Chloe is getting ready to give birth to her Angus/Jersey cross calf. We were talking and thought that maybe we shouldn't wait until the calf is 2 years old to kill it. I mean, that's a lot of meat, and we might not need that much.
What about slaughtering at 1 year old? How much should I expect it to weigh by then?
Does anyone know the percentage dress weight cows usually average? For instance, I know that pigs can dress out at up to 80% of their live weight. What is it for cows?
Happy owner of a 7.5 acre homestead. Blessed with 1 amazing homestead wife. Proud dad to Sean, McCulla, Cameron, and Kyleigh 6000 sq. ft. garden 1 dogs, 2 cats, 48 laying chickens, the occasional pig, the occasional turkey or 2, Pumpkin, the Jersey family milk cow, and Patty, the Jersey/Angus heifer www.homesteadblogger.com/promisedland
Dressing out at 60% is good, a lot of times with dairy framed steers the percentage is less, because they have such a large frame. Our Brown Swiss steer at a year old looked like a great dane puppy - all long legs and gangly joints. He didn't put some meat on till he was 2. By 2 years old he weighed around 1000 lbs and dressed out a little over 500 lbs.
Yours, being a cross with Angus, should have a lot more muscle and a lot earlier muscle development. Your calf may look like a butter-ball at 1 year old, especially if he has access to milk for a long time. I know a farmer here that has a small herd of beef cross cows, and he butchered an 7 mo old steer that was still suckling his mama, and the live weight was around 700 lbs! Anyone who raises meat for the table needs to keep in mind, that [glow=red,2,300]it takes 10 litres of milk to produce 1kg of meat[/glow], so the more access the calf has to milk and the longer he has that access, the more weight he is likely to put on. Also, according to that article on calf rumen development someone has posted previously, early introduction of grain speeds up the rumen developmen, from which one can speculate the calf's growth rate increases.
Here's a link to my post that has my Jersey Angus cross heifer in it. She is EXACTLY 1 year old in the pic ;D. You can read what people estimated her weight to be. Note, she was still nursing her momma. She shared her momma until March (9 mos.) with the Holstein in the pic. The Holstein I just took in yesterday, he weighed in at 1120# at 15 mos. old. I'll modify this again to say one more thing. We are a family of four; two adults, 1- 8 yo and 1- 3 yo. We eat a LOT of hamburger. We took in an 800 lb. beef steer last Sept. I think we sold about 100 lbs. of meat to family and kept the rest. We have just a few pkgs. of hamburger left and we have not rationed or skimped on anything. So it worked out well for us. I figure we'll have 100 to 150 lbs. of meat more this year since this calf is bigger. Hope this helps. Shawn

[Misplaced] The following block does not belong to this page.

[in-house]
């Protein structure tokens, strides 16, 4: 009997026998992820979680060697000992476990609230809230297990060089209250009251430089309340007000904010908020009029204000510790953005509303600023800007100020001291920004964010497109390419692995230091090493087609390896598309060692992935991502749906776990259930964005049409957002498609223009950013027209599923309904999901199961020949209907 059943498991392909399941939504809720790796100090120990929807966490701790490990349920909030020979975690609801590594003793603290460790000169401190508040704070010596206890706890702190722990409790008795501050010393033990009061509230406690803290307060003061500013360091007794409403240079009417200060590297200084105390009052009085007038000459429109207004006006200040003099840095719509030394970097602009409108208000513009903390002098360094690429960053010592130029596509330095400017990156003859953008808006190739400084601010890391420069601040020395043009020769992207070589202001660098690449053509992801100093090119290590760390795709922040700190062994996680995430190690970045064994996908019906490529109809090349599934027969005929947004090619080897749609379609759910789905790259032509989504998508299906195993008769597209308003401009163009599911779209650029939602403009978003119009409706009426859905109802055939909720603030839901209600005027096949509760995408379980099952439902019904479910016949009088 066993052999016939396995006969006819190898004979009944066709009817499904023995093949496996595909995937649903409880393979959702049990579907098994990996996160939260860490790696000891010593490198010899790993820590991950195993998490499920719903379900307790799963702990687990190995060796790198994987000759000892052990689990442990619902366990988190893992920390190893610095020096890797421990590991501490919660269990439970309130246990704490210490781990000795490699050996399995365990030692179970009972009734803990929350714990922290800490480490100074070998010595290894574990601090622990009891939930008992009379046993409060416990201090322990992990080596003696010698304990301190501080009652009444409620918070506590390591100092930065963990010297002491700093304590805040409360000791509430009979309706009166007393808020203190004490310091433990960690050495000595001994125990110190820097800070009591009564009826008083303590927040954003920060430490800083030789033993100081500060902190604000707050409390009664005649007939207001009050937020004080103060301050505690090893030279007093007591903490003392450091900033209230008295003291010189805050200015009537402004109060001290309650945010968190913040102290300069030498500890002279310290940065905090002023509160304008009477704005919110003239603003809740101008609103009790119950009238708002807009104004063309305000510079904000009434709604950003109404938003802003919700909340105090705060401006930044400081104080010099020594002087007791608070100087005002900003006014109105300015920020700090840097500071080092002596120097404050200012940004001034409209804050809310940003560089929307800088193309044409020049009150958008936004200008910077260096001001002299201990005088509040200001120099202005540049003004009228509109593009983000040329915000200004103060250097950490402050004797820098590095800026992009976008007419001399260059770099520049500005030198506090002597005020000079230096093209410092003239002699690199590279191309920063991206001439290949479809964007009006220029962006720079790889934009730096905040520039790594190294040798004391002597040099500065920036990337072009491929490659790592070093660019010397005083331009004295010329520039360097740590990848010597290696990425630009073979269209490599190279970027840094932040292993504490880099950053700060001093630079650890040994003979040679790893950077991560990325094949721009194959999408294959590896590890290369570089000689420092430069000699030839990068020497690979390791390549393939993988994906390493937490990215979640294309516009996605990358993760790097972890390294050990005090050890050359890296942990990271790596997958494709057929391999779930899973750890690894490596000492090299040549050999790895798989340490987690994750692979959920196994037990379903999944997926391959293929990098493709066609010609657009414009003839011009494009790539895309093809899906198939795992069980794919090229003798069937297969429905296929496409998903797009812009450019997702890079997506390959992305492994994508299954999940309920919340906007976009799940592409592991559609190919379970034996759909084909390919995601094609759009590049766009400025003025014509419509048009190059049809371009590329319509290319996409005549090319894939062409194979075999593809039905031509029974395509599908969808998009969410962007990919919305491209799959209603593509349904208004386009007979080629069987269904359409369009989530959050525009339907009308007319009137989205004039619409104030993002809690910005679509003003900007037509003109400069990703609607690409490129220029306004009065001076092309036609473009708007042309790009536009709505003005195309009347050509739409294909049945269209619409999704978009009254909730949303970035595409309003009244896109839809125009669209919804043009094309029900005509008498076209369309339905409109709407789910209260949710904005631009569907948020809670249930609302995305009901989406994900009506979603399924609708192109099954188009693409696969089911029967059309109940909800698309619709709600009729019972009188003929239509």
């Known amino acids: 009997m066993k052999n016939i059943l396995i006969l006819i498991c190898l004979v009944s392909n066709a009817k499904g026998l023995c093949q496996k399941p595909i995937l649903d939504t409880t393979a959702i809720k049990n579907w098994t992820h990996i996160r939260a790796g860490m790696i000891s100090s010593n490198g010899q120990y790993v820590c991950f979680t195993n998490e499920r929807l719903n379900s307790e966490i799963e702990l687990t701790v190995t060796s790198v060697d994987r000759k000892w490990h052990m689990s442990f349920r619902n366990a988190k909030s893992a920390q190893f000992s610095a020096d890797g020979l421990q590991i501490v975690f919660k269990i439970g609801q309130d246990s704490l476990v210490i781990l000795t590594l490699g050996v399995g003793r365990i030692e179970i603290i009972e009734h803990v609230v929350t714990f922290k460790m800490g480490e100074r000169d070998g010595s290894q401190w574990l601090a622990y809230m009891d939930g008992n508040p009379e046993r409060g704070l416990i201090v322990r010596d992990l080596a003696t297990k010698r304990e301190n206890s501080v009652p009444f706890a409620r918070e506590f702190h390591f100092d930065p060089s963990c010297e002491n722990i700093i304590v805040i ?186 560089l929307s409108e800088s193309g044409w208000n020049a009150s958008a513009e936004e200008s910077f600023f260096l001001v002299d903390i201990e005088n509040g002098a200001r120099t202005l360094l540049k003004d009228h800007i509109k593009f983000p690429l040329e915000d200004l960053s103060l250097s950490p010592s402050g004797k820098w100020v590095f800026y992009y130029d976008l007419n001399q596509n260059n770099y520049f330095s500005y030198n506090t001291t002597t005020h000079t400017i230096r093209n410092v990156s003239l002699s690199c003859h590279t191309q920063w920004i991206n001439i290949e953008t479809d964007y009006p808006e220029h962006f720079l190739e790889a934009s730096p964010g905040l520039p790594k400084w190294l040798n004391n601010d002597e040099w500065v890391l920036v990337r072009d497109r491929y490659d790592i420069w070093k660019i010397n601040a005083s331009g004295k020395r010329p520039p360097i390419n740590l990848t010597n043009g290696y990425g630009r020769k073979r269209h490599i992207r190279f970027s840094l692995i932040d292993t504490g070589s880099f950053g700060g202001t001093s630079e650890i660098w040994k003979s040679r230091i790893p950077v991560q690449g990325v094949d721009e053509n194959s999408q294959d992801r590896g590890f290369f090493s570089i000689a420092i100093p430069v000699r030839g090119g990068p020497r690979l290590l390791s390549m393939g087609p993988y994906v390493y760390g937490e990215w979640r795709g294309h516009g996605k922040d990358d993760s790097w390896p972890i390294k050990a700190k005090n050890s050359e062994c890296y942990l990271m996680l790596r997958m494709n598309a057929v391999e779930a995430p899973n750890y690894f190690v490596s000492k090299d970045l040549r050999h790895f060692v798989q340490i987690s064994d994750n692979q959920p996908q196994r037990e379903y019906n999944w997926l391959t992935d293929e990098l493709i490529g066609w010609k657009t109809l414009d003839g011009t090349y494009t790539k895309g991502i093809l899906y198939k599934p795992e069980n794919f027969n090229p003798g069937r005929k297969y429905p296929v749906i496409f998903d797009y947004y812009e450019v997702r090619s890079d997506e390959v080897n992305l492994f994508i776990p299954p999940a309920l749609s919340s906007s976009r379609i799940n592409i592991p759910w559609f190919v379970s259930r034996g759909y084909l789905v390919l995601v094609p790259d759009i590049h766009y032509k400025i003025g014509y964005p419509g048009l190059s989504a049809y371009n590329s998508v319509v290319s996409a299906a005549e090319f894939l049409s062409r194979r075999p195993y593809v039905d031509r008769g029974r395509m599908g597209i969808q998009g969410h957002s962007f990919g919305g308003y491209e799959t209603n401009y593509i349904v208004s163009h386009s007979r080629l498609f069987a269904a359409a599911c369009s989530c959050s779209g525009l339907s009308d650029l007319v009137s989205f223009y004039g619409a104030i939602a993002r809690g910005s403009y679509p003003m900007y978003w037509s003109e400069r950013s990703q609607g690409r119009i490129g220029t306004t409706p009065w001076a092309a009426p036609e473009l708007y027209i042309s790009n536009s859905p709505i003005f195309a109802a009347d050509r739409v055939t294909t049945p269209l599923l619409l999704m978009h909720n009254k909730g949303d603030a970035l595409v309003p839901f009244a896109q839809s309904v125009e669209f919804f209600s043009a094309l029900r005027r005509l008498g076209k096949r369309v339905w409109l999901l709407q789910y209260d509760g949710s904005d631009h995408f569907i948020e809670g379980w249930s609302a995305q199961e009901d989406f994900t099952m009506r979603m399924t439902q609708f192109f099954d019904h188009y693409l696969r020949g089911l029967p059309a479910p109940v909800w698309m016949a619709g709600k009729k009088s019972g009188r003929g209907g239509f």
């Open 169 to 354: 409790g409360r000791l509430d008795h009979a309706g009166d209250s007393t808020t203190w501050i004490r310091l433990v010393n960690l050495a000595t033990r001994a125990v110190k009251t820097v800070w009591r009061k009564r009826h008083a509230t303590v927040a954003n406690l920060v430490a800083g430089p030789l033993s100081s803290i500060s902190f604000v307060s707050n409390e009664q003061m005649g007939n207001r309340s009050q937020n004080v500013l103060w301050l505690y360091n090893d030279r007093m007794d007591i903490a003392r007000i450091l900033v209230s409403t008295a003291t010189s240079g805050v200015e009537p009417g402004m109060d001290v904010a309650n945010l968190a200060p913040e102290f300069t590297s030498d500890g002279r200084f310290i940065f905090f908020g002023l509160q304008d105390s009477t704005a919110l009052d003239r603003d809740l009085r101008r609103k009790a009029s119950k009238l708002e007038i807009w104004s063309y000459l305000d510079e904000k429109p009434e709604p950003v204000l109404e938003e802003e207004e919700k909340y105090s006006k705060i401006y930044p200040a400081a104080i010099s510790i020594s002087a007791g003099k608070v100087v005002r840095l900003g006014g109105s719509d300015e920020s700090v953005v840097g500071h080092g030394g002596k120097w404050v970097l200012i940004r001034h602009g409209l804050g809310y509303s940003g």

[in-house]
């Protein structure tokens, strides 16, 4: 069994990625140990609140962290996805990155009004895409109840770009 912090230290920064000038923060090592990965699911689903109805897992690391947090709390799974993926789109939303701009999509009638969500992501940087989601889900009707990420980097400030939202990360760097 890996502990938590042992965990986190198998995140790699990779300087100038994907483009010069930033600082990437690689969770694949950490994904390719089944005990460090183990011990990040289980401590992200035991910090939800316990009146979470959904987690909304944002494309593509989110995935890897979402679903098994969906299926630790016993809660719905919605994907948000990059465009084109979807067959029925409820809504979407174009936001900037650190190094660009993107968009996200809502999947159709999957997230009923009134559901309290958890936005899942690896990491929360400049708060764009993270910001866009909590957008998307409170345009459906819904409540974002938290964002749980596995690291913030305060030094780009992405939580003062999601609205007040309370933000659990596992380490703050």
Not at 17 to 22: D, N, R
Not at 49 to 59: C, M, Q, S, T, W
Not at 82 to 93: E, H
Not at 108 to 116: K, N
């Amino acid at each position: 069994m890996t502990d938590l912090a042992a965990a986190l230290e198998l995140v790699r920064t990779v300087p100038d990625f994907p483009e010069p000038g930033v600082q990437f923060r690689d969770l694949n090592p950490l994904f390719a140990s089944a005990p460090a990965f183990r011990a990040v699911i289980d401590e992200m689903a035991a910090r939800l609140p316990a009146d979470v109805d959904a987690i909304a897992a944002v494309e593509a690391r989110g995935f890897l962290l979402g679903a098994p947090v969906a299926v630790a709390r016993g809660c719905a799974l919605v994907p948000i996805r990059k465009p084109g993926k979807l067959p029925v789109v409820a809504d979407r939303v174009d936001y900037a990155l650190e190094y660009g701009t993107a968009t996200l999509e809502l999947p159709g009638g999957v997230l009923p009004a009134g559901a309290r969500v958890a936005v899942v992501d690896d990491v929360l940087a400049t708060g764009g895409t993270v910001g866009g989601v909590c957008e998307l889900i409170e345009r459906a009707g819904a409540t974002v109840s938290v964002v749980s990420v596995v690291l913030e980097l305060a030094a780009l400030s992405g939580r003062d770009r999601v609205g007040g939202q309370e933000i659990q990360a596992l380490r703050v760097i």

Home to Fern & Ivy (Jersey), Paprika (Shorthorn/Angus) Melvin, Jack and Ringo (steers); Candy, Star (horses); Louie (Doberman) Gypsy (LGD mix); 4 cats & a variety of chickens.
RIP to these special ones:
Belle & Emma (Jersey) Brody (Doberman) Lady (Holstein) Poco (QH) Skittles (pony)
steven888: what is wrong with the site it hasn't refreshed in a long time?
Dec 25, 2014 11:00:23 GMT -5
wyomama: Refresh your web browser, or clear your cache and cookies.
Dec 26, 2014 1:15:10 GMT -5
jerseycattle: It won't lat me post on auction barn
Dec 29, 2014 18:28:13 GMT -5
wyomama: You must be an active member to post on the auction barn. Meaning a participating, posting member who has been part of the forum for some time.
Dec 30, 2014 17:51:57 GMT -5
maggiesherd: anybody with freshening problem/answers there?
Jan 23, 2015 16:20:21 GMT -5
maggiesherd: I've tried everything. Not eating since yesterday. Calved last night. nibbles at the most. tried horse feed, alfalfa and timothy hay, vit b shots, refuses molasses water. UGH UGH UGH. EVERY freshining is a PROBLEM. Could she be ketotic???
Jan 23, 2015 16:22:27 GMT -5
This book is intended as an inspirational manual for keeping a family milk cow. A lifetime of practical experience has been bound into one volume. Practical advice for the everyday and procedures for cow emergencies. Plus, answers to FAQ's like, 'Should you get a cow?' and 'How Much Space do I need?'